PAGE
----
One of our best decisions was to NOT buy a crib. Yes, you read that right. We bought a Pack ‘n Play that came with the raised insert, as well as a vibrating bassinet. Best deal ever. We traveled a lot, so the Pack ‘n Play was a must; the crib wasn’t. We used the bassinet both day and night for the first couple of months. Both of our kids loved the vibration, but there are a few different options out there. We then switched over to the raised mattress setup just so you save your back as long as you can. From there, it was just the regular Pack ‘n Play which we kept our oldest in until age 2 when we transitioned to a regular twin bed (again choosing to skip on the toddler bed phase).
12. Car Seat & Stroller: Splurge
We should have known. When it comes to car seats, you really should buy once, cry once. We found a steal on a car seat/stroller combo and found out the hard way that was not the right decision. You want a quality car seat that is simple to use. Period. You also want a decent stroller, even if its second hand. Jogging strollers are made so much better and have a much smoother ride. They really are worth the extra money. Plus, you look like the active, “get your body back” mom even if you are just walking to the mailbox and back. We ended up getting a double BOB off Craigslist when we had our second and I’m mad we ever wasted our time (and money!) with our first cheap stroller. There is a world of difference. And even if you think you won’t need a double stroller when you have subsequent kiddos, you will. I thought the same thing, and I was wrong, so wrong.
13. Monitor: Skip
We had both of our kids sleep in our room for the first three months. Obviously, when you’re in the same room you hear every little noise your child makes. Or at least moms do, dads seem to be oblivious half the time, or so was my experience (lucky them!). After the three months, they moved into the room across the hall and by then they weren’t needing to feed every half hour and made it clear when they were awake and needed something. Neither of us wanted a monitor to wake us with every sigh or position shift. I totally realize this is a comfort thing for many parents and a monitor would obviously be more necessary if the nursery was further away from your room. Also, health situations would play a major role in this decision as well.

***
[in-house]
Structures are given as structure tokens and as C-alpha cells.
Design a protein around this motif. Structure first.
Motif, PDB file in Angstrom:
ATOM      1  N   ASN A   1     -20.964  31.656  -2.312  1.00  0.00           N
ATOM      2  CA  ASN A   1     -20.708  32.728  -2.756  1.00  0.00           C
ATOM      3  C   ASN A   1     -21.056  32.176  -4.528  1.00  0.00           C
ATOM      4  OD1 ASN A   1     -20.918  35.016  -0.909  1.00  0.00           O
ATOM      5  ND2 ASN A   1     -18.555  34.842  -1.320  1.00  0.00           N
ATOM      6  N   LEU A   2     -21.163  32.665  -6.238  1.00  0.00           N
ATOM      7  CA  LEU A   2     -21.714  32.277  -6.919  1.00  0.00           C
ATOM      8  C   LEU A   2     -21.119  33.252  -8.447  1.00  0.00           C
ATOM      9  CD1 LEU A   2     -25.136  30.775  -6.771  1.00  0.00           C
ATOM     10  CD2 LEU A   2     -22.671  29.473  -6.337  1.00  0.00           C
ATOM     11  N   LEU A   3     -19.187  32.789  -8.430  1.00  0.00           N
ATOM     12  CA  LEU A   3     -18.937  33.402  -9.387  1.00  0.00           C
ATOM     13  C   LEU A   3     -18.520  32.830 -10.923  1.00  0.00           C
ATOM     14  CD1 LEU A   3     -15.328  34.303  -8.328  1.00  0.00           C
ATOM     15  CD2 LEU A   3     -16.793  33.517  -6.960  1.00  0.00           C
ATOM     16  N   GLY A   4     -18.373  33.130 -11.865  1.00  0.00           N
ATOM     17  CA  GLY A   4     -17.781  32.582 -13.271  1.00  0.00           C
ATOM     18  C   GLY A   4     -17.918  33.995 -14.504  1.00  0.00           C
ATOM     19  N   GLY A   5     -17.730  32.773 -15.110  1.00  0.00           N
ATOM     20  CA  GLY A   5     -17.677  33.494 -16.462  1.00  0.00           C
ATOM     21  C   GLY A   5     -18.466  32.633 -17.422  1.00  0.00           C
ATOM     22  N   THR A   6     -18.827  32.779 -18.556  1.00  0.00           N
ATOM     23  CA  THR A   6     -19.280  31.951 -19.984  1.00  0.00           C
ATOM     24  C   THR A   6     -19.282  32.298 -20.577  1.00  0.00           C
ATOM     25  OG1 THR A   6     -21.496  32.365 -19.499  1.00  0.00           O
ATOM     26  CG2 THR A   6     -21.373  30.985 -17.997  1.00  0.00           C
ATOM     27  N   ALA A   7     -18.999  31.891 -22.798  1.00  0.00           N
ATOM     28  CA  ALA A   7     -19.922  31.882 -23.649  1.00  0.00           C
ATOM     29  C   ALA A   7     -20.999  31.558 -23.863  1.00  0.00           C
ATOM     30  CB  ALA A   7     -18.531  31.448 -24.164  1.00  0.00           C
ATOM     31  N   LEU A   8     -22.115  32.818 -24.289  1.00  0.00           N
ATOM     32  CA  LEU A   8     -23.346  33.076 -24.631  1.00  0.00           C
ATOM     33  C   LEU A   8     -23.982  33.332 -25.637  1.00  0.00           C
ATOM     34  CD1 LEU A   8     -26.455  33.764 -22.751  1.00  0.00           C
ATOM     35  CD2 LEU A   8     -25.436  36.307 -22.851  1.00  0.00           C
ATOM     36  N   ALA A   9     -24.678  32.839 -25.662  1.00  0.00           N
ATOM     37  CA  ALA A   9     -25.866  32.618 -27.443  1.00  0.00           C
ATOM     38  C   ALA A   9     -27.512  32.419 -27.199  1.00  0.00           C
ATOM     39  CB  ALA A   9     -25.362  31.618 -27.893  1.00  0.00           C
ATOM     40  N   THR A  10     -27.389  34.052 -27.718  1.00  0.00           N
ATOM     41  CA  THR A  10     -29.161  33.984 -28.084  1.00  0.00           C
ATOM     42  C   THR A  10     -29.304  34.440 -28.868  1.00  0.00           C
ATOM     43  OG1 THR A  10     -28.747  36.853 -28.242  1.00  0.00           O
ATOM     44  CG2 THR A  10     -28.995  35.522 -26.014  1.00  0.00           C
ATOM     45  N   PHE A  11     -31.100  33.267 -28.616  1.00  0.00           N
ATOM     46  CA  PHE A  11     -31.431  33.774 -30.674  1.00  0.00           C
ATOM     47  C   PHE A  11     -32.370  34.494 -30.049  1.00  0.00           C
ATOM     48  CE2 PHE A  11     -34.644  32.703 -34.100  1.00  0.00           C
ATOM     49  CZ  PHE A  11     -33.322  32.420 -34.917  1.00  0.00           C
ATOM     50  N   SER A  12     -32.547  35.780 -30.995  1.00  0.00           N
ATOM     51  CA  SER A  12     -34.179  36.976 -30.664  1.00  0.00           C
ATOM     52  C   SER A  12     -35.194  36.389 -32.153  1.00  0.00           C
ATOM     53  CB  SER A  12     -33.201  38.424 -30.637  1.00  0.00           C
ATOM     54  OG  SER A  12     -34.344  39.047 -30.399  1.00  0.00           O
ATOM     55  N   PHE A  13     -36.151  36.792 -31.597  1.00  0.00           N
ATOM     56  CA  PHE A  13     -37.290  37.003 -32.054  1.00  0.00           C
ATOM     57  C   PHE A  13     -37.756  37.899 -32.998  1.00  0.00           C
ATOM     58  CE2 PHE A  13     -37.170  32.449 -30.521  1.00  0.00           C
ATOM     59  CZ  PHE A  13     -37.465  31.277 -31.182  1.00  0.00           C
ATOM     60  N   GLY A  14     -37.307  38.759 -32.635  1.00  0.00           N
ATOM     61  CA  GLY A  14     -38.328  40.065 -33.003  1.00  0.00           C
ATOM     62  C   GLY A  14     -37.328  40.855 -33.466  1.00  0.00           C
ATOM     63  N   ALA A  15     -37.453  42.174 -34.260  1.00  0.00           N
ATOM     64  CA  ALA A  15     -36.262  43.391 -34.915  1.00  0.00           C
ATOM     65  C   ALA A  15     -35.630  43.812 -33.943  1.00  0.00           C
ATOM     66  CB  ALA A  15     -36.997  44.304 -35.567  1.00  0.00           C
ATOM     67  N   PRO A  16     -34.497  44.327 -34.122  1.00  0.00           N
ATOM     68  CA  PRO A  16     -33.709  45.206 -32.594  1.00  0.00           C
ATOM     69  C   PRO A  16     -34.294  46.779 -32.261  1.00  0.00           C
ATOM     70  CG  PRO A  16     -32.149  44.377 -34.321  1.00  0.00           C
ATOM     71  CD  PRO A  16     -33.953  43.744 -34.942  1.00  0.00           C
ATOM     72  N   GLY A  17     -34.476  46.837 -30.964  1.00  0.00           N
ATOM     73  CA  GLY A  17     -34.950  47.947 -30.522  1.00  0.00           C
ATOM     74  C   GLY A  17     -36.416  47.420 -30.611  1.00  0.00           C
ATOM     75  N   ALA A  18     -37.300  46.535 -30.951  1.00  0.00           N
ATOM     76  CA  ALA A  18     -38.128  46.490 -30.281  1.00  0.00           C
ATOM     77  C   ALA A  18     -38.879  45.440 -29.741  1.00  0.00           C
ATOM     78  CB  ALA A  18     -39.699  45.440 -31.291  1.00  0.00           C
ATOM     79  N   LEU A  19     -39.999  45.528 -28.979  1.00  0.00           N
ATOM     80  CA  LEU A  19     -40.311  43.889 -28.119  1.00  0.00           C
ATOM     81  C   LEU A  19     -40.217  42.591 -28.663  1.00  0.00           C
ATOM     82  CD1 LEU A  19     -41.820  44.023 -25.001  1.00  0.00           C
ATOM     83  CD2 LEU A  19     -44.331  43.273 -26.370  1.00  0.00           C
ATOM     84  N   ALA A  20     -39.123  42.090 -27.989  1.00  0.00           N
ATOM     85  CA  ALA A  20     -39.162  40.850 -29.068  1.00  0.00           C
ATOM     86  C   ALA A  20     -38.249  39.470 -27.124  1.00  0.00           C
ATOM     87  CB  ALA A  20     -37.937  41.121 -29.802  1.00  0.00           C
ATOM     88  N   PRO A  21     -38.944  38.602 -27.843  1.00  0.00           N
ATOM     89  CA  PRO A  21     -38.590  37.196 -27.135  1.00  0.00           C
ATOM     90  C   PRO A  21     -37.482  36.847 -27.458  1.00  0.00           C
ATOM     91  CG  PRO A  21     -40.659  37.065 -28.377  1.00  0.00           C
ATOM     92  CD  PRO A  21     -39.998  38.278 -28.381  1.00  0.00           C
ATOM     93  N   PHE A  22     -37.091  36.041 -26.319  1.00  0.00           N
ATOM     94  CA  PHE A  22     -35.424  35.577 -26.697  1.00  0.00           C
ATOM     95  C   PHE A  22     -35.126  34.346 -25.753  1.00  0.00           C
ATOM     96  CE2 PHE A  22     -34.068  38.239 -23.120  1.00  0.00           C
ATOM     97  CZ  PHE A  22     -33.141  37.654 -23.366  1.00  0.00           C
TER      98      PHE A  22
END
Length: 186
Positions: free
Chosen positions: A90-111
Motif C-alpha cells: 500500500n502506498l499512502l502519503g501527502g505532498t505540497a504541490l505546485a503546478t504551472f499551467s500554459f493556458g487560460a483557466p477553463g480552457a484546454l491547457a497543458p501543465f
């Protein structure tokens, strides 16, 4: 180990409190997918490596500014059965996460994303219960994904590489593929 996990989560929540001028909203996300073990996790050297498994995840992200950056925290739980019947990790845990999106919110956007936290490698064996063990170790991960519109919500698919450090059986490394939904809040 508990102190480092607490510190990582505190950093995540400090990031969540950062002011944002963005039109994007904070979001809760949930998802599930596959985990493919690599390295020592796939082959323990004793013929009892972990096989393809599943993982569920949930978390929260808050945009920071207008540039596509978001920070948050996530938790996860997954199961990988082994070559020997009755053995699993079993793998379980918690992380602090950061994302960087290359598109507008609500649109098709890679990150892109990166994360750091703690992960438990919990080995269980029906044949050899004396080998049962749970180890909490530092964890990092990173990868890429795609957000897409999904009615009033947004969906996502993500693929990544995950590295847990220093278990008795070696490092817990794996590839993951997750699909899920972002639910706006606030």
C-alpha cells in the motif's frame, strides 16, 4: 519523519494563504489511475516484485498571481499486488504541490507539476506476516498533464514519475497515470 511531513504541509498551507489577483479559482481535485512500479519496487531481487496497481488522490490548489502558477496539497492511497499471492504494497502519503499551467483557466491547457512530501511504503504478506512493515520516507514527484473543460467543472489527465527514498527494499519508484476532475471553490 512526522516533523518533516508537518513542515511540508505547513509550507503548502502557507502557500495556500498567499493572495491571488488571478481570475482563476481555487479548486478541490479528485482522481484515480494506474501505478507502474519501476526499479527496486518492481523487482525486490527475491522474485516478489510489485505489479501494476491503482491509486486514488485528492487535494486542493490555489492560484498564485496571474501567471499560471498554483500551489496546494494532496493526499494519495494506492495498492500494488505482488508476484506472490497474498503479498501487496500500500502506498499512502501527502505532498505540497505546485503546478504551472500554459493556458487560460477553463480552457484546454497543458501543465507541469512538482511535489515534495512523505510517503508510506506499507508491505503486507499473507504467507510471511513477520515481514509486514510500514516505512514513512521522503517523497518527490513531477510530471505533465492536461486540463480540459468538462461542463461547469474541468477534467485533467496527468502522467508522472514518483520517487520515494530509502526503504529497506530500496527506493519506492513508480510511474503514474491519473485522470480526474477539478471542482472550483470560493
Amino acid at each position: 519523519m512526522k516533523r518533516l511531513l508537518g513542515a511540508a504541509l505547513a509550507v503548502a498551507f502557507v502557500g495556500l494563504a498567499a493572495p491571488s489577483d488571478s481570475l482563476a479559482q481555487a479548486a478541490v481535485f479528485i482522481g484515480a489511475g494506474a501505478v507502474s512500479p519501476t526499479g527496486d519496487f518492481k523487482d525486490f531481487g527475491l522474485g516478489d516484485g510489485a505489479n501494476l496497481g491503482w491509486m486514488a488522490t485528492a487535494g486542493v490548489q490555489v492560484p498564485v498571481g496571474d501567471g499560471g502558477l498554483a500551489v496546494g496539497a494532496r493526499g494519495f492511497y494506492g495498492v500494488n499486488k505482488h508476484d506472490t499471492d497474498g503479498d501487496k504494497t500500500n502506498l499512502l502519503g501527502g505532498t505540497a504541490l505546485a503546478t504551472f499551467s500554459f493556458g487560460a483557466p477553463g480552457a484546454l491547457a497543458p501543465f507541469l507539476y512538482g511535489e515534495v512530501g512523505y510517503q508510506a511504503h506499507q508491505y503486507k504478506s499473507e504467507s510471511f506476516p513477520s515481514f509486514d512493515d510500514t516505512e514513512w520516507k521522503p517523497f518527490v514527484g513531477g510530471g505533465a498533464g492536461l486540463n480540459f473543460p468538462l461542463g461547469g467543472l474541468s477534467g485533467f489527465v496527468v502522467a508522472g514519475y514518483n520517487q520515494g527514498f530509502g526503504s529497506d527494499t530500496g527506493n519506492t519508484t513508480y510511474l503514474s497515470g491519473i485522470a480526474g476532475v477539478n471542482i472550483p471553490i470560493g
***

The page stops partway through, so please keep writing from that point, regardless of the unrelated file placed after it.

14. Swing: Save
Believe me when I say there will come a time when you just want to put your adorable little barnacle down, whether to finally make a real dinner or just to go to the bathroom for two minutes alone. Enter your new best friend: the baby swing. We didn’t have one and weren’t planning on getting one with our first because we were about to move. And then it became an emergency because I couldn’t stand one more second of baby-wearing! So we found a very generic, battery-operated, no bells and whistles swing at the second-hand kids store. This was THE BEST $25 we spent on our little ones. Of course, you could get a fancy swing that bounces, sways, and hops around like a kangaroo, but really, a simple swing will do the trick. And they are very reasonable if you find one used.
Making the most of your baby budget
Obviously, babies are expensive. When looking at the thousands of articles on what to put on a baby registry, it can be overwhelming and you look at your spouse with dollar signs reflecting in each other’s eyes. But talking from experience, it doesn’t have to be that way. Do your research, look second-hand, and repurpose what you have. Sure, you’re going to have to spend money, but maybe not as much as you think. Be choosy. Spend money where it matters and save it on things that don’t matter. Because you could always use that money later on diapers. Or their college education. Or diapers.
Jessica is a busy stay-at-home mom of a toddler and newborn, and wife to an Air Force acquisitions officer. Her days are filled with diapers, crying and whining, cooking, cleaning, and plenty of coffee! With any spare time, she is constantly reading: blogs, TFD, and books, books, books. She calls the mountains home and tries to find balance in each day: with food, exercise, self-care, and spending.